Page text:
- This is a simple three-armed brass spectroscope with one glass prism, with a black iron tri-leg base, and a black iron tube to provide gas a flame. The “P. Desaga / Heidelberg / No. 661” inscription on the eye tube refers to Peter Desaga, the University of Heidelberg instrument maker who, in the late 1850s, made the instrument that Robert Bunsen and Gustav Kirchhoff used for their pioneering work in spectroscopy.
- This example resembles the instrument depicted in Henry Draper, “The Spectroscope and its Revelations,” The Galaxy (June 15, 1866): 303-319; reprinted in Scientific American (July 7, 1866): 17-18.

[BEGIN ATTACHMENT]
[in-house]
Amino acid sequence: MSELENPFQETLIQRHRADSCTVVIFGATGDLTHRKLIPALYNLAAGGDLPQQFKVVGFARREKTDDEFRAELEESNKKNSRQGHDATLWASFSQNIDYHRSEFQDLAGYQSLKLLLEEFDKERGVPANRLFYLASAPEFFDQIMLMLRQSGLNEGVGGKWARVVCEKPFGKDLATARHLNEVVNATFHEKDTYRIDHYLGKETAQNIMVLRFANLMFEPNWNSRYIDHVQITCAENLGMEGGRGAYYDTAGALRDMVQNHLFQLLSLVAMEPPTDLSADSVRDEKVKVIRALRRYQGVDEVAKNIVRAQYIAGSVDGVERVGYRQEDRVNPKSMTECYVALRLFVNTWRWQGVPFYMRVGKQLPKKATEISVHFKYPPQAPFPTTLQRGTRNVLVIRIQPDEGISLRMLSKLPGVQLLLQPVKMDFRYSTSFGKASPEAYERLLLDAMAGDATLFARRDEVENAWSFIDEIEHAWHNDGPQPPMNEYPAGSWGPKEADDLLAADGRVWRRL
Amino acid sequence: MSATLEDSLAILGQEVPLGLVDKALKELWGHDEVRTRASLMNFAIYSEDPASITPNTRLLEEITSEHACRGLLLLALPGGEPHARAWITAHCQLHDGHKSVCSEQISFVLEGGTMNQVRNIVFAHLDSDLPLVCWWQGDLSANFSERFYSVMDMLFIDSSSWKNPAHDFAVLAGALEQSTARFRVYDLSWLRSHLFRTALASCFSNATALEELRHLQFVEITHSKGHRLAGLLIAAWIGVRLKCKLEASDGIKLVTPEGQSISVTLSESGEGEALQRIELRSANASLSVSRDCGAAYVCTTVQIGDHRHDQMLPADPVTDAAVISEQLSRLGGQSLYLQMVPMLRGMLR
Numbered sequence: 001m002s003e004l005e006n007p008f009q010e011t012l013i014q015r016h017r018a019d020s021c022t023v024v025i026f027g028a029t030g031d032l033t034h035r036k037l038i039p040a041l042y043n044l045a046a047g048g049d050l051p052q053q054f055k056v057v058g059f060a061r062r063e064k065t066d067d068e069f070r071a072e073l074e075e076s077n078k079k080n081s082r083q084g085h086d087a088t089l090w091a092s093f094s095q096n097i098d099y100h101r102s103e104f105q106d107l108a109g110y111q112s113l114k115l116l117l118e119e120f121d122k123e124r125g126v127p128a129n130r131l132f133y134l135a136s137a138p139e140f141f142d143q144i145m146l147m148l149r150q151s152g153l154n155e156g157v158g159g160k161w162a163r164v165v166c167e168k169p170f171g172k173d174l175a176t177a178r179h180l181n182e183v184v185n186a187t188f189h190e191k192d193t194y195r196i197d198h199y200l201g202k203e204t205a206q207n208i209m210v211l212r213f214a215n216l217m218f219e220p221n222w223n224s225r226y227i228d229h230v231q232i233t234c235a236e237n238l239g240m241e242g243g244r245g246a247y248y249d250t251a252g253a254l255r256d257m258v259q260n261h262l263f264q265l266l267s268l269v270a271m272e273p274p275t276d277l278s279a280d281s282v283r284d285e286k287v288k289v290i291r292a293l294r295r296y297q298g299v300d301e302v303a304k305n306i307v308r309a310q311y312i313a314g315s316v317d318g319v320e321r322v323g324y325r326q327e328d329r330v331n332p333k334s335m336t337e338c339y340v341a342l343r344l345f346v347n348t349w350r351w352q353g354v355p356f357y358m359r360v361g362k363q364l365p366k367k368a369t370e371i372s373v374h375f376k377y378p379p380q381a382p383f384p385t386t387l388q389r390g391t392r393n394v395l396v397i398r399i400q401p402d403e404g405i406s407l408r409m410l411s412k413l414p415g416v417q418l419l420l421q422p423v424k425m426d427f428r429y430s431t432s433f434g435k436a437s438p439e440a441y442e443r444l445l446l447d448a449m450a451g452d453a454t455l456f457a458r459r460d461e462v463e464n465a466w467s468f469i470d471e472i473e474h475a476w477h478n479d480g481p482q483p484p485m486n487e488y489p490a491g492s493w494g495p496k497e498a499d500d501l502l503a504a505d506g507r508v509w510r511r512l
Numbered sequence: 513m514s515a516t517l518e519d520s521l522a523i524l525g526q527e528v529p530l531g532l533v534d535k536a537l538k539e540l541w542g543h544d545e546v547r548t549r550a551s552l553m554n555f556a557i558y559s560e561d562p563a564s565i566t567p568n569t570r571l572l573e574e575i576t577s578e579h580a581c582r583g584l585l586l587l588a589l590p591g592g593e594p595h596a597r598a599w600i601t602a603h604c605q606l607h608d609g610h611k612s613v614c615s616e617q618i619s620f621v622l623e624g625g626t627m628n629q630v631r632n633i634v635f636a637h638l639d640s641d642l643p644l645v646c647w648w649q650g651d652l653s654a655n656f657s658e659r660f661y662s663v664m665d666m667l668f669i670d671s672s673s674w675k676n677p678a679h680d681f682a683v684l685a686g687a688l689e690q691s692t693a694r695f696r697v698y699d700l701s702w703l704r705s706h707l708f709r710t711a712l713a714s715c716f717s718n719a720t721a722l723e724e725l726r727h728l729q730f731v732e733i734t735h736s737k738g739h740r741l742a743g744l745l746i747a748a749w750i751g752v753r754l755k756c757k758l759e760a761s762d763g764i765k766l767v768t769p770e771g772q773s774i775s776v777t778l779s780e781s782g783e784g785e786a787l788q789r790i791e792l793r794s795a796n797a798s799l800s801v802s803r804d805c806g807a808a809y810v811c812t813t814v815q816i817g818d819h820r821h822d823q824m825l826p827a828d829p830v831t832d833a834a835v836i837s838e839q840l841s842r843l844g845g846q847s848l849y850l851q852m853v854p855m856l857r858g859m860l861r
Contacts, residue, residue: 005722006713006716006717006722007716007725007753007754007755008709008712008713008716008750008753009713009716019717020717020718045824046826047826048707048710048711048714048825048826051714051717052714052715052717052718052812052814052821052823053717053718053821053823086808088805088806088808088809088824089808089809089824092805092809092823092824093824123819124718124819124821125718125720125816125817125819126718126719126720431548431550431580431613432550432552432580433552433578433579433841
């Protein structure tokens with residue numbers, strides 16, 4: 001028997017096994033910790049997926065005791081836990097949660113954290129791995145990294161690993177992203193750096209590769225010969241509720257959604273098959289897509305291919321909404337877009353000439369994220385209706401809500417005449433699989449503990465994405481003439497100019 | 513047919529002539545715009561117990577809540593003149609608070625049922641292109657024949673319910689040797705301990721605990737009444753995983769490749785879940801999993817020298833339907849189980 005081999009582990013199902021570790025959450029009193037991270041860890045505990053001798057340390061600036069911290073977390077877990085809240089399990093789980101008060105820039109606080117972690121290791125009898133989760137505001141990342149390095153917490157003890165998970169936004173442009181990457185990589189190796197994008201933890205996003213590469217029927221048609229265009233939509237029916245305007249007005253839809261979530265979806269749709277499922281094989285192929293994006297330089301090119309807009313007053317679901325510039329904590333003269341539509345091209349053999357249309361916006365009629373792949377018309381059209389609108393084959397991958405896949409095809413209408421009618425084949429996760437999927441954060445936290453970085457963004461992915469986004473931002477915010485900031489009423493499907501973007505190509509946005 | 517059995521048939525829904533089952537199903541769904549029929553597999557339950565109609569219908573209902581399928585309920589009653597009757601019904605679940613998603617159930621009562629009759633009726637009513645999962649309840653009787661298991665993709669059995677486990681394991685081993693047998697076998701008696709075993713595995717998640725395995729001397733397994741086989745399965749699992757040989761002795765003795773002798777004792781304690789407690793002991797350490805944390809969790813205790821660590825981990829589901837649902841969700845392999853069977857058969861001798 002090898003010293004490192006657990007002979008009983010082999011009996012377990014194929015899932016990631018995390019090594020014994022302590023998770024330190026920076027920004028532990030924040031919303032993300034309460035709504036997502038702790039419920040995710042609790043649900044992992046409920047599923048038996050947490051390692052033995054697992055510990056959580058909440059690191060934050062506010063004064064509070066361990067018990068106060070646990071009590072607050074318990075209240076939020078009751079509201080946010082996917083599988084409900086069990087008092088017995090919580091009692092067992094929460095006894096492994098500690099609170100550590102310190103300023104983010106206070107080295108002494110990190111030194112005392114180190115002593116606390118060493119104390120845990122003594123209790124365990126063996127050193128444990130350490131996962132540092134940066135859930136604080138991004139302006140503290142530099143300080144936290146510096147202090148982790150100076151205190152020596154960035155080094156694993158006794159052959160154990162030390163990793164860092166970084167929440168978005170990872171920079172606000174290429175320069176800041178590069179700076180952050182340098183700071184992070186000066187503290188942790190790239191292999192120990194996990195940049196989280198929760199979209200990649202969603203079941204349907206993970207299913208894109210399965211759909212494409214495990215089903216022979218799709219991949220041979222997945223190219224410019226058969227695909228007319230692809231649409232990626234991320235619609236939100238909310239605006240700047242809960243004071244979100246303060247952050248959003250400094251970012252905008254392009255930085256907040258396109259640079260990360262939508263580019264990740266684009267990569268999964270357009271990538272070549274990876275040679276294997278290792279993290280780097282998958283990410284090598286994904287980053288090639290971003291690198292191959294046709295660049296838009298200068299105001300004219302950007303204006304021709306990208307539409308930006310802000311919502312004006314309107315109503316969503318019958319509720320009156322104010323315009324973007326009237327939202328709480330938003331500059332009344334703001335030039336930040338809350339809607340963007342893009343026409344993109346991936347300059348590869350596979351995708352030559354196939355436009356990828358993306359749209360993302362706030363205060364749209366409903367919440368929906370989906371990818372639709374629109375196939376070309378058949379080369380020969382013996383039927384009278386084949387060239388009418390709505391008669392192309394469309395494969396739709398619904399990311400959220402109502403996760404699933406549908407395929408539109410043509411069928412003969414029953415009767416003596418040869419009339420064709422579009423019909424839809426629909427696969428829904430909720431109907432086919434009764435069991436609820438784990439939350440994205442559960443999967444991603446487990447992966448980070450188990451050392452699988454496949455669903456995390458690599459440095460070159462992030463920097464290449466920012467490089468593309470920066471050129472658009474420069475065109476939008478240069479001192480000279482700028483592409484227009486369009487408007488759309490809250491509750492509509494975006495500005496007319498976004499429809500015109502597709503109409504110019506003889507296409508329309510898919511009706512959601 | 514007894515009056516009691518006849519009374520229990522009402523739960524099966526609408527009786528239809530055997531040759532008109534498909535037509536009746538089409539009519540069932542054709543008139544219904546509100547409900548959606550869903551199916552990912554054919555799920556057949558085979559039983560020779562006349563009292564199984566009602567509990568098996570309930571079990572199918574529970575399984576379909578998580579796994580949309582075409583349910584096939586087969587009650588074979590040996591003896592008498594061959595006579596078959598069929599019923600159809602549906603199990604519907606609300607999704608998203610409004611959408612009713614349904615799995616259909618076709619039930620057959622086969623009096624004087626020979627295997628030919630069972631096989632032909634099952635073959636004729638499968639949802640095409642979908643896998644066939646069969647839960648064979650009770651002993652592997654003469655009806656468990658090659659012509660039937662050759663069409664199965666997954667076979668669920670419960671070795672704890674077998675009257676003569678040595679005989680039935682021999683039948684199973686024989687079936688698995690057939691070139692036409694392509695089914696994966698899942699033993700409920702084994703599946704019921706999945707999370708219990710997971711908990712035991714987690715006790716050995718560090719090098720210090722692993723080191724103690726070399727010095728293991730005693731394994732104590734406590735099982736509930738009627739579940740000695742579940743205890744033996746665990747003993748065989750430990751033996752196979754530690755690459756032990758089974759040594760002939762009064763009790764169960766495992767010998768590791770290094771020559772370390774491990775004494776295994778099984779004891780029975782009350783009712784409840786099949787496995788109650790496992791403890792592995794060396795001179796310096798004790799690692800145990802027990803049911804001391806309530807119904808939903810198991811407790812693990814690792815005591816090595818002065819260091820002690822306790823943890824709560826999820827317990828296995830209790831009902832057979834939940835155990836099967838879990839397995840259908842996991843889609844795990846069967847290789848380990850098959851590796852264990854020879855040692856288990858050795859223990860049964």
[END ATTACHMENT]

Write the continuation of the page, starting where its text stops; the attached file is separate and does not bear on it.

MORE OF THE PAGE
- Currently not on view
- Object Name
- date made
- Desaga, Peter
- place made
- Germany: Baden-Württemberg, Heidelberg
- overall: 10 in; 25.4 cm
- overall: 10 3/16 in x 8 7/8 in x 14 1/2 in; 25.87625 cm x 22.5425 cm x 36.83 cm
- ID Number
- catalog number
- accession number
- Credit Line
- John William Christopher Draper and James Christopher Draper
- Science & Scientific Instruments
- Data Source
- National Museum of American History
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